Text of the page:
The opinion of the court was delivered by: Joseph F. Bianco, District Judge
In this employment discrimination case, plaintiff Vincent Valenti is a special education teacher at defendant Massapequa Union Free School District (the "School District"). Plaintiff is suing the School District for (1) intentional infliction of emotional distress ("IIED"), (2) for discriminating against him because of his gender, (3) for discriminating against him because he advocated for his disabled students, and (4) for retaliation. Plaintiff filed two separate actions in the Eastern District of New York, which are consolidated for purposes of this motion. The complaints are similar in that they both allege gender discrimination and retaliation. The second complaint adds a claim for a violation of the Americans with Disabilities Act. Defendant moves for summary judgment pursuant to Rule 56 of the Federal Rules of Civil Procedure to dismiss both complaints in their entirety. For the reasons that follow, the motion for summary judgment is granted and the complaints are dismissed.
The facts, construed in the light most favorable to plaintiff, the non-moving party, see Capobianco v. City of New York, 422 F.3d 47, 50 (2d Cir. 2005), are as follows:
Vincent Valenti has been employed as a special education teacher in Massapequa Union Free School District ("Massapequa" or the "District") since in or about September 1984. (Def.'s 56.1 Statement ¶ 1.)*fn1 Valenti has taught at the high school level since 1987. (Id. ¶ 2.)
1. Valenti's Evaluation and Late Proctoring Assignments in June 2001
During the 2000/2001 school year, Valenti was absent eighteen days. (Pl.'s Counter 56.1 Statement ¶ 39.)
In 2001, Valenti's supervisor, Lori Saland, discussed Valenti's attendance record with him, and wrote in the "General Comments" section of Valenti's evaluation the following:
Mr. Valenti is an excellent English teacher. He is an asset to the Special Education Department. He was frequently absent due to family issues. Hopefully, his attendance will be better next year.
(Id. ¶¶ 3, 4.) Valenti signed the evaluation on June 4, 2001. (Id. ¶ 5.) Because of the number of absences Valenti had in 2000/2001, James Maloney, the principal of Massapequa High School, asked Saland to ask Valenti about his health. (Pl.'s Counter 56.1 Statement ¶ 44.)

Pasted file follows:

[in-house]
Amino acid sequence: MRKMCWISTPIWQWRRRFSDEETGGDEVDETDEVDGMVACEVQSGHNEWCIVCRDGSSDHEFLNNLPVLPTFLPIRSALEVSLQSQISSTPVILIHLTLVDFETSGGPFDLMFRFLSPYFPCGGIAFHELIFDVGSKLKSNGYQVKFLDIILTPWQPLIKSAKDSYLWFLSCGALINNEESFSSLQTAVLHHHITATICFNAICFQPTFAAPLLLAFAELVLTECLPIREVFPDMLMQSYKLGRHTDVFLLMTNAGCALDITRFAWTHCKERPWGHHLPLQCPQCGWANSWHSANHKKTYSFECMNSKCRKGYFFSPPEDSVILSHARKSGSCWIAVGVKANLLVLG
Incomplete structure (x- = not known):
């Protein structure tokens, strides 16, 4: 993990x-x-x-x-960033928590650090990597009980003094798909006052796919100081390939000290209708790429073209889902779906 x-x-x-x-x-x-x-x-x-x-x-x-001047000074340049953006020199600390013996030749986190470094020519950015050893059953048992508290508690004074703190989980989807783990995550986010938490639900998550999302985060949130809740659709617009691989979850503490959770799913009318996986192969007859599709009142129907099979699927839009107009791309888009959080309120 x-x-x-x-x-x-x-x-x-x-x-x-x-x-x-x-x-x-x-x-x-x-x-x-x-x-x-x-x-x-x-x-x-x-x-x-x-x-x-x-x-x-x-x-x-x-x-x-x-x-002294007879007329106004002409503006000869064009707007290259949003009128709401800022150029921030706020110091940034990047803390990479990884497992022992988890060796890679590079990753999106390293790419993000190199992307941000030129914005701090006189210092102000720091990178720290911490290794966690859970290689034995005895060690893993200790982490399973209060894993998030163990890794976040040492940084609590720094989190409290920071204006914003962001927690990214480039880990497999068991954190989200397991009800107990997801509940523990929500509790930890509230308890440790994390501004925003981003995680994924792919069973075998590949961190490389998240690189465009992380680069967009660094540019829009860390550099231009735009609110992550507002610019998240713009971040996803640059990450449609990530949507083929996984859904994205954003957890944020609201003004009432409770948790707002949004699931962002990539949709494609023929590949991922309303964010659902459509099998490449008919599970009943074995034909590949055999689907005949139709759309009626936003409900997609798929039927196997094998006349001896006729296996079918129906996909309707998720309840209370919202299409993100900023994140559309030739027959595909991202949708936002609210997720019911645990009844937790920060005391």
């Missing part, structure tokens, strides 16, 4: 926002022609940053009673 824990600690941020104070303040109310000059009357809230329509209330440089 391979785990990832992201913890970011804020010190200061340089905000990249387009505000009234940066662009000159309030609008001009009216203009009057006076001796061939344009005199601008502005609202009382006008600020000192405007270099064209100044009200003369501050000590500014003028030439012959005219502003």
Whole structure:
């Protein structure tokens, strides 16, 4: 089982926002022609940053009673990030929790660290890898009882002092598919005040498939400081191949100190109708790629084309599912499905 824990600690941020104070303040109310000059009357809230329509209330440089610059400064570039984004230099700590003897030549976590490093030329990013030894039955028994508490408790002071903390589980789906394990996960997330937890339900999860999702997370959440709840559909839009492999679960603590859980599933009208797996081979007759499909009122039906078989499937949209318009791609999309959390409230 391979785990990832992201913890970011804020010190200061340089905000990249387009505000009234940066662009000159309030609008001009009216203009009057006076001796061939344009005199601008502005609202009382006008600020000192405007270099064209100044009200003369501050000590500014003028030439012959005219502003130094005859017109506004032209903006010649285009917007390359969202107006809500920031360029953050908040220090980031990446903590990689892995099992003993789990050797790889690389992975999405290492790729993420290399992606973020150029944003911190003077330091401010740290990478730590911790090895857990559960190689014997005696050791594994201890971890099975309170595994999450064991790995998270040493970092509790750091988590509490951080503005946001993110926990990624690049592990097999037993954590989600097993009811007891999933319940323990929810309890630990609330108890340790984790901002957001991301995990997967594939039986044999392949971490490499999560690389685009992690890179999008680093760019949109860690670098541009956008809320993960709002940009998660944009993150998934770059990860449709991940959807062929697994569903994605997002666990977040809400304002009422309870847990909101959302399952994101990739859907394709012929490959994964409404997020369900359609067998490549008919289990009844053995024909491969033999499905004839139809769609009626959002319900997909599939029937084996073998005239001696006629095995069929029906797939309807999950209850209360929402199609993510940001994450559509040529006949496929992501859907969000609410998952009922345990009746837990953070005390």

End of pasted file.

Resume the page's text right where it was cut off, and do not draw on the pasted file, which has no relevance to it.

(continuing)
A female Special Education Teacher, Geri Bennett, was absent fourteen days during the 2000/2001 school year. (Id. ¶ 40.) Saland did not make any reference to the number of absences Bennett had during 2000/2001 in Bennett's evaluation. (Id. ¶ 41.)
Pursuant to the applicable Collective Bargaining Agreement, teachers were allotted ten sick days and two personal days per year. (Pl.'s Counter 56.1 Statement ¶ 42.) On or about June 7, 2001, Valenti wrote a memorandum to Saland asking her why she incorporated his attendance into his evaluation, and not into the evaluations of his female colleagues. (Id. ¶ 47.) Valenti requested that his evaluation be changed. (Id.) Saland refused to change Valenti's evaluation. (Id. ¶ 53.)
In June 2001, Saland assigned Valenti three late proctoring assignments during the final exam period. (Id. ¶ 48; Def.'s Ex. C.) Valenti wrote a letter, in red, to Saland stating the following:
In regards to the Final Exam Schedule, I can not have PM assignments because I have commitments after work. This was an issue last year. This was an issue the year before. This was also an issue the year before the year before. Why do you keep assigning me PM assignments when you know I can't stay.?? [sic] Also, I would like to know why Jack and I are the only two that have been assigned three late assignments? In addition, why do the travelling teachers have the most PM assignments?
(Id.) Saland responded on June 8, 2001, stating, inter alia, the following:
As this is the first time I worked on the assignments of teachers in our department, I have no knowledge of what has transpired in the past . . . . Your assignment for June 14th can be switched with Donna Fanning, thereby reducing one of your late assignments. In the future it would be more appropriate to see me and discuss these matters, rather than sending me a memo typed in "RED". I find that tactic totally disrespectful.
(Id.) Thereafter, on June 12, 2001, Dr. Thomas A. McKillop, Jr., one of Valenti's supervisors, wrote Valenti a memorandum, stating, inter alia, the following:
Mrs. Lori Saland has just informed me that you are refusing to proctor upcoming exams . . . on June 15th and . . . June 19th. According to Mrs. Saland your refusal is based on the fact that 2:35 PM is the contractual sign out time and you are not required to stay beyond that time . . . . [Y]our proctoring is no different than any other resource room teacher who is expected to stay for the additional hours that a student may require. May I point out also that regular education teachers are also assigned to extended time proctoring and they too will be expected to stay the additional hours . . . . I certainly hope your response to Mrs. Saland was made in haste, before you had time to analyze all the facts, and have since had the time to reconsider and retract those remarks. If not, and you continue to maintain your erroneous position, I will treat this as a direct act of insubordination and pursue the outcome to the highest level.